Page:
Be (even) more visual. Everytime I login to Flipboard, I want an on the fly, awesome looking magazine quality cover highlighting the top stories. How awesome would that be? I know Flipboard will have great content for me but I want it to sell the dream too. If I login each day to find one great article with magnificent visual presentation that would make an indelible impression (as opposed to just being a great way to read blogs).

Nix the photos only: Why is there a “photos only” option? Seems to muddle the picture (no pun intended) of delivering on the vision of a social magazine. I’ve seen magazines with lots of pictures but never one with “only” pictures. I can suffer through my FB timeline (or numerous other apps) if only photos is what I really want. Unless the usage data suggests otherwise, I’d nix it and focus on the true magazine.

Time sensitive (bonus): Detect patterns in readership (eg tech in the morning, economics blogs at night) and use that signal for curation. Doing this well will be really difficult and it’s definitely a P2 at best.

Facebooking healthcare

According to a 2008 National Center for Health Statistics report, 38.4% of physicians report using some type of EHR. Only 4% of the total reported using fully functional systems. 4% – let that sink in. (Source: CDC.gov)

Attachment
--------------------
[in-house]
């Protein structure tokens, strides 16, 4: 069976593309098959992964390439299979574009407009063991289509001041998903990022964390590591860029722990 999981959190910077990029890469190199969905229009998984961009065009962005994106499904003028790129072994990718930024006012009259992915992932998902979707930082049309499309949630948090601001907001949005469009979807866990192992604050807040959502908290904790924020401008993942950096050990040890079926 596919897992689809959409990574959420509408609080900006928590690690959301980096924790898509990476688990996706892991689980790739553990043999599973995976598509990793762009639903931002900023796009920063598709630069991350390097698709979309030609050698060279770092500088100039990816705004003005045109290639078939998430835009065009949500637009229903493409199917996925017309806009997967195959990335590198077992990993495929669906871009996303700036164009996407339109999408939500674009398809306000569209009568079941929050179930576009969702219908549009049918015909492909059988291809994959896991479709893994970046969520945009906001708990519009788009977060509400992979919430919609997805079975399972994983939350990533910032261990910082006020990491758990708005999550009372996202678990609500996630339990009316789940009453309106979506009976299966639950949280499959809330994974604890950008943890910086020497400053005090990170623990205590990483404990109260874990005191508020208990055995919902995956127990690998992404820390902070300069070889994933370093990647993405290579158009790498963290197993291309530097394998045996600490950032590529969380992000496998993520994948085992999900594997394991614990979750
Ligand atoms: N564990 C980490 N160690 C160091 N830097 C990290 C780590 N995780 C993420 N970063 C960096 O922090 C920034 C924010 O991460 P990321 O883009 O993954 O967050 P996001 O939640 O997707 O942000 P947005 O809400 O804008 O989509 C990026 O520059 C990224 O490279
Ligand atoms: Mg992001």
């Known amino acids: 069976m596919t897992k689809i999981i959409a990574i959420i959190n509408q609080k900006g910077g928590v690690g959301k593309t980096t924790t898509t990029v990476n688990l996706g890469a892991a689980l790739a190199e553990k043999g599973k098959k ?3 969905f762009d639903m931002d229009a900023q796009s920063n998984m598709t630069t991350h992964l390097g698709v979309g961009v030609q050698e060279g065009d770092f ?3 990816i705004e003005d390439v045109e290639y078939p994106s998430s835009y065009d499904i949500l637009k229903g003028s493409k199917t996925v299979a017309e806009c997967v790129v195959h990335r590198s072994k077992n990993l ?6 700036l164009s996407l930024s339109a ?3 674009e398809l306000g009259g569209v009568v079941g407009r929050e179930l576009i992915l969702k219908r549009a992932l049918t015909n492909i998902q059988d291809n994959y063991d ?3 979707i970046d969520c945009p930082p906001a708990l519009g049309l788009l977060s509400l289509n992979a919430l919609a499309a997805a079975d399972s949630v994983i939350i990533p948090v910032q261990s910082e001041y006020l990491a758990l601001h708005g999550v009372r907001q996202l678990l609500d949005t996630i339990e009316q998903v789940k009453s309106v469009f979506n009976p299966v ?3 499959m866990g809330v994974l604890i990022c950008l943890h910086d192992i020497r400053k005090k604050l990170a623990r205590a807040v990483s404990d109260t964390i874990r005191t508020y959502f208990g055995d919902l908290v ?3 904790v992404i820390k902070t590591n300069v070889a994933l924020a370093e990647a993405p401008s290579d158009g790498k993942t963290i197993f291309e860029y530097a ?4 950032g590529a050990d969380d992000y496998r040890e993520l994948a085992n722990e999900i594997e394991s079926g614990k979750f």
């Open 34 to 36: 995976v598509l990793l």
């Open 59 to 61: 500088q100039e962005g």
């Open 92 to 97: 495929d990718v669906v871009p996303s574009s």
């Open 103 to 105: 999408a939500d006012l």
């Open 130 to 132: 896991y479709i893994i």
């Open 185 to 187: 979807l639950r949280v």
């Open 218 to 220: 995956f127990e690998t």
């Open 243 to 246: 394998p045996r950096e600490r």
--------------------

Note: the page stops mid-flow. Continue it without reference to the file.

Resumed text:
Now, maybe I’m being harsh. Maybe I’m jumping the gun. Maybe “fully functional” is so advanced that it’s unreasonable to expect a large user base. Let’s see what “fully functional” is described as:
  • patient demographics (sounds like a facebook profile)
  • problem lists (sounds like facebook profile info)
  • clinical notes (sounds like a facebook friend’s comments)
  • medical history and followup (sounds like a record of facebook friend’s comments)
  • orders for prescriptions (sounds like ordering a virtual good on facebook)
  • orders for tests (sounds like a survey poll on facebook)
  • prescription orders sent electronically (sounds like a message sent on facebook)
  • test orders sent electronically (sounds like a message sent on facebook)
  • viewing laboratory and imaging results (sounds like uploading photos to facebook)
  • electronic images returned (sounds like uploading photos to facebook)
  • warnings of drug interactions or contraindications (sounds like a birthday reminder on facebook)
  • out-of-range test levels (sounds like a fancy term for something you could surely do on facebook)
  • reminders for guideline-based interventions (sounds like a birthday reminder on facebook)
If 99% of EHR functionality seems to be built into facebook in some form and people agree that EHR will improve medical outcomes and reduce costs (which they generally seem to), what is taking us so long?
Google health does some of this – but certainly not at all. And it seems 100% patient focused, rather than provider encouraged. Microsoft HealthVault is probably similar (I’ll post an update later, but it crashed when I tried to create a new account) – sounds like a metaphor to me.